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Jamie Lynch: The War of the Dubai World Cup

Timeform Debate RSS / / 30 March 2012 /

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Can a Japanese runner win again for the Axis Powers?

Can a Japanese runner win again for the Axis Powers?

"Like in warfare, each nation doesn't have to fight just for themselves, and we can divide the World Cup runners into larger, more defined superpowers..."

War, huh, what is it good for? Absolutely nothing apparently. Jamie Lynch takes Edwin Starr to task by suggesting that, rightly or wrongly, war sometimes has its place in framing sporting events, and the Dubai World Cup is one that could benefit from a little extra drama.

What it means to be Australian is no easy thing to define. But clearly two strong factors in our national identity are sport and war.

Those Aussies, what are they like!?

The above statement (the first one, not the second) can be found within the Australian War Memorial. That sport is mentioned in the same breath as war might seem outlandish or even immoral to some people, but then again eating a McDonalds is immoral for some people these days, and the Australian way of putting sport on such a high pedastel is to be appreciated rather than depreciated, as that very mentality has helped to make it the joint-eighth most powerful nation in the world according to the Group on Grand Strategy. But it still won't help Black Caviar beat Frankel.

Sport and war are closer related than you might think. Sport is a battlefield, and it releases the same kinds of tribal emotions of conquest that wars do. 'Sport is like a war without the killing' said Ted Turner (think of an American Rupert Murdoch), the same Ted Turner who has insisted that there would have been no World Wars had the Olympics not been boycotted, and the same Ted Turner who founded the Goodwill Games as an alternative to the politics-beset Olympics. By the way, can you guess which country won the most medals at the last ever Goodwill Games in 2001? Those Aussies, what are they like!?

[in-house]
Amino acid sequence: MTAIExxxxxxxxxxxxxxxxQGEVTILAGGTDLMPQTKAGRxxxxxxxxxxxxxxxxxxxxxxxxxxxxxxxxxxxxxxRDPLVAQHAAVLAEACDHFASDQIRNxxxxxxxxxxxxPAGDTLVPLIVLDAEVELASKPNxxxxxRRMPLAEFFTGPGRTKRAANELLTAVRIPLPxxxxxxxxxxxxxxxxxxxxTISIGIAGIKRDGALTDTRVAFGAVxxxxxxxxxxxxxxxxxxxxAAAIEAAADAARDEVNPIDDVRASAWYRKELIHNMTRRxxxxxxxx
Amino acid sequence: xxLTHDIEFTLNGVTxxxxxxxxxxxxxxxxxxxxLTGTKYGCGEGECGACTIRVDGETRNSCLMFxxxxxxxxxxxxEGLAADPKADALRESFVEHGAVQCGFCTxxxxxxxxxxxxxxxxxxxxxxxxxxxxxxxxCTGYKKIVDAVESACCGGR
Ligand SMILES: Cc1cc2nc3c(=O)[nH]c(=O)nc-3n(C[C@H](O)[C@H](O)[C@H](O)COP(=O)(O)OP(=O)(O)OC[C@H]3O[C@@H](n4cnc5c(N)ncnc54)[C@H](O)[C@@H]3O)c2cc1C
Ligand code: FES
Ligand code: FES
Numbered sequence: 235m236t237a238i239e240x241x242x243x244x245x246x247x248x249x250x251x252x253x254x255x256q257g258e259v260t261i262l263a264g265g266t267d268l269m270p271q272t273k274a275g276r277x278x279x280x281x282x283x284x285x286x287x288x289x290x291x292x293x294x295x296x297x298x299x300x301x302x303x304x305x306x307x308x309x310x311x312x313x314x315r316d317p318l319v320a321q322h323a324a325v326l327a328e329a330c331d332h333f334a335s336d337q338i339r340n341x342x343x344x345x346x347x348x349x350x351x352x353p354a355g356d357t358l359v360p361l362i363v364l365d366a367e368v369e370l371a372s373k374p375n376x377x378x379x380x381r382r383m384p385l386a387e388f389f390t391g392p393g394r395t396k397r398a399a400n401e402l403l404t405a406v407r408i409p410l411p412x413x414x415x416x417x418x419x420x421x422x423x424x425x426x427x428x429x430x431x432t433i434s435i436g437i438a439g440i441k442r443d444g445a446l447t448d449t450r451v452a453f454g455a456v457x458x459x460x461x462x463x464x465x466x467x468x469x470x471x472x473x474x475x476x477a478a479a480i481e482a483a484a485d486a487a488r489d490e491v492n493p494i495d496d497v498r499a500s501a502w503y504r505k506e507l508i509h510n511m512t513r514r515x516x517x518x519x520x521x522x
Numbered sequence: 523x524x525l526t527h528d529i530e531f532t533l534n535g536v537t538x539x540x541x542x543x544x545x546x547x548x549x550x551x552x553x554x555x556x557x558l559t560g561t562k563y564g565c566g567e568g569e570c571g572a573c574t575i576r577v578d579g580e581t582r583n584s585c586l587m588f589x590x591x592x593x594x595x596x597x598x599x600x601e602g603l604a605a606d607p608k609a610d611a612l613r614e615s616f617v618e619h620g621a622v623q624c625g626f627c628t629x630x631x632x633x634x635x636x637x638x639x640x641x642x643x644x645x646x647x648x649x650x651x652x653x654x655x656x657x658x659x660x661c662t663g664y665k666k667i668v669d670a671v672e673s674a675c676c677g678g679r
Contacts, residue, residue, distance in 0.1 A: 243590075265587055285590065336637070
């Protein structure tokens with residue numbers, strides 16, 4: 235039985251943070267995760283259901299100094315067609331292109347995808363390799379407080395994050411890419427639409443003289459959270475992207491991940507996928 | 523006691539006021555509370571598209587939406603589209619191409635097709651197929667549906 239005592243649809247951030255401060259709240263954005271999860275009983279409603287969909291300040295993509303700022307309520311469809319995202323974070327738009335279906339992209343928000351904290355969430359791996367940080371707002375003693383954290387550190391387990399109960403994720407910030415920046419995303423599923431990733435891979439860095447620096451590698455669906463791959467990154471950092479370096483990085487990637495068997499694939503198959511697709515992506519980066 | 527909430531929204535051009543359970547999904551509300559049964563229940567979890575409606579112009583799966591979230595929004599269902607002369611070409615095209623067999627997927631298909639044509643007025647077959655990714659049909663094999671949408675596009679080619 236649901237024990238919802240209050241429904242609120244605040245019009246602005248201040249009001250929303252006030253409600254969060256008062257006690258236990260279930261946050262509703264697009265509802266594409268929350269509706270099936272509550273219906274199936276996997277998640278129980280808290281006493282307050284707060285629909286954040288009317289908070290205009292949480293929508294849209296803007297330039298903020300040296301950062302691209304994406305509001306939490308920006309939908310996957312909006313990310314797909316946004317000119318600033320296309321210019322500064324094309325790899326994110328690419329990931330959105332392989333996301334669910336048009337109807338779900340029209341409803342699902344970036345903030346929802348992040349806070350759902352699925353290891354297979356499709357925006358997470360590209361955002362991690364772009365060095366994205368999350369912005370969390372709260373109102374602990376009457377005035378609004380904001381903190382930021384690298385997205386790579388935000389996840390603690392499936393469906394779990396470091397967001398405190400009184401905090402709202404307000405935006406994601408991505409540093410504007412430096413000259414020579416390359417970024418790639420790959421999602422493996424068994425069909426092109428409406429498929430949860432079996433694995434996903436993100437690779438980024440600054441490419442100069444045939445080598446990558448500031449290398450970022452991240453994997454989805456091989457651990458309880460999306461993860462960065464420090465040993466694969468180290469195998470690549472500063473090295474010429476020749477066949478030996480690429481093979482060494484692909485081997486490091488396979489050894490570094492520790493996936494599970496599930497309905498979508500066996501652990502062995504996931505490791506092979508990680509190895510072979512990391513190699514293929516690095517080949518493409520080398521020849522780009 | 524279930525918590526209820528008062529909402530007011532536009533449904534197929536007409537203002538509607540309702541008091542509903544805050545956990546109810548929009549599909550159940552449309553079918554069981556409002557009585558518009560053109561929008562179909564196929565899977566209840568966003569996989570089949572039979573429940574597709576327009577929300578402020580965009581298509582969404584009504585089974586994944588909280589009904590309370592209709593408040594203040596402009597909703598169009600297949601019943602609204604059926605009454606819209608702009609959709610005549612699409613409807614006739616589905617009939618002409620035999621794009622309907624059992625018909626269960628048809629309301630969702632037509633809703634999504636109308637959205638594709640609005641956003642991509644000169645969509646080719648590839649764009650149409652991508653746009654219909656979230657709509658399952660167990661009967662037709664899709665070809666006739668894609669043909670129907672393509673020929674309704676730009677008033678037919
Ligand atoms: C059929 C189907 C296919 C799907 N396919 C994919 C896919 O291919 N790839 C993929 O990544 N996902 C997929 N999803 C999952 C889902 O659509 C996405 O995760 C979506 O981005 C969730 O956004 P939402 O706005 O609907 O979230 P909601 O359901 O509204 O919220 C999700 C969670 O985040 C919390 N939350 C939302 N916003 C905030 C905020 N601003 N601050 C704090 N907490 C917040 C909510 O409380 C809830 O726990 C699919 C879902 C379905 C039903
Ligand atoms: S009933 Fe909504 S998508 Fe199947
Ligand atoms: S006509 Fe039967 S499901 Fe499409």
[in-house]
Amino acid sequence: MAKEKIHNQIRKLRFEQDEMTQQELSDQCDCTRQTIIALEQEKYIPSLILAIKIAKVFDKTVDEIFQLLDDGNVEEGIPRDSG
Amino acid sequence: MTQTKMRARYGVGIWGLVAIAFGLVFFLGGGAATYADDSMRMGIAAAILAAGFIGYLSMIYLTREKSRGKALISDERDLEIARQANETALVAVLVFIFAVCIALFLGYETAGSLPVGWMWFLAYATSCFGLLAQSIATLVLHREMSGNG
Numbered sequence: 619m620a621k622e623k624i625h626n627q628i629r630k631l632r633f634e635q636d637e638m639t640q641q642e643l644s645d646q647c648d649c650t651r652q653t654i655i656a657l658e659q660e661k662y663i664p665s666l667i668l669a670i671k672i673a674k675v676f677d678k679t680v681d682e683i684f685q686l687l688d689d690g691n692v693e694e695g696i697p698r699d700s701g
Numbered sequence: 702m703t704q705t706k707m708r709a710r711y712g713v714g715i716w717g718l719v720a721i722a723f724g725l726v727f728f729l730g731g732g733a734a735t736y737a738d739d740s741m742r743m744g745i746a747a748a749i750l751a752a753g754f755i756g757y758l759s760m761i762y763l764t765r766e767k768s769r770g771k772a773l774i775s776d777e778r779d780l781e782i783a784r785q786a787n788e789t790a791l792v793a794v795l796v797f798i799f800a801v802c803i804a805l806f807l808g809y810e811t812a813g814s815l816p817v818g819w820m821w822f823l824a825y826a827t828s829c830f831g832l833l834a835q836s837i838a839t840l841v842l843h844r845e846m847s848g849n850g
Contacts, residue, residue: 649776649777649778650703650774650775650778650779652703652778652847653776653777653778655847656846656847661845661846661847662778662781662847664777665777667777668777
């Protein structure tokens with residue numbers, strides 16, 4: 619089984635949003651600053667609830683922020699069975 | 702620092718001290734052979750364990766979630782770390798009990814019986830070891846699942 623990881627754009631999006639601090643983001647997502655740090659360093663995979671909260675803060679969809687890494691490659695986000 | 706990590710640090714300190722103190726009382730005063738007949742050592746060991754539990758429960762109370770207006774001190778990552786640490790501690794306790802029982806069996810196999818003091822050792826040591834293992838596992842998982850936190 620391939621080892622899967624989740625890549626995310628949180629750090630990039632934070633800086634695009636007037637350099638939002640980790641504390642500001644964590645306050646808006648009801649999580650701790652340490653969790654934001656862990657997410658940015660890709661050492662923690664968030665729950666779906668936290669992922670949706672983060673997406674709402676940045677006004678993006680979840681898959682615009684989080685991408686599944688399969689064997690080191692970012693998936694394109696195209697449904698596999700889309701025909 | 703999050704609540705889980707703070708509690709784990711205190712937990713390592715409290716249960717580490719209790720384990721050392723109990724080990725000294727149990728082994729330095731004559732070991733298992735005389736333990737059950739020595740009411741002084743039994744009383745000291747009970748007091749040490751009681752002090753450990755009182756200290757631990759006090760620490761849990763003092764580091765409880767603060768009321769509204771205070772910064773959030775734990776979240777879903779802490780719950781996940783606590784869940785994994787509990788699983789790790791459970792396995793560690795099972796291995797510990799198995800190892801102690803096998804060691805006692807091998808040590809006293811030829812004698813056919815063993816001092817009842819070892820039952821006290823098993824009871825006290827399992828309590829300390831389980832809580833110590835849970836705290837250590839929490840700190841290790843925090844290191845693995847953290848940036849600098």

At all international sporting events you'll hear a national anthem, which is essentially a jingoistic war cry. In today's tiptoeing, politically-correct, united-nations climate, it's amazing to think that national anthems are still so commonplace, especially in sport, and that some of them are as bad and violent as they are. The Hungarian one includes the line 'the spilt blood of the dead, and the tears of slavery burn, which the eyes of orphans shed,' while the Algerian one goes 'by the streams of generous blood being shed, the noise of gunpowder is our rhythm, and the sound of machine guns is our melody.' Beat that Sir Tim Rice.

In comparison, the Australian national anthem - Advance Australia Fair - is disappointingly tame. They'd be better off with a compilation of their finest cricketing sledges:

How's your wife and my kids,

I'll get you a piano instead, see if you can play that,

If you turn the bat over, there's instructions on the back,

There's some s*** on the end of your bat.

Sport and war do have some crossovers. Above that, the warring analogies can help make great sport, by enhancing the occasion and intensifying the drama with a bit of partisan partition, and that may be exactly what the Dubai World Cup needs. I don't know about you, but I haven't yet bought into the Dubai World Cup fully, as it's still more novelty than weighty for me, albeit viewing from afar.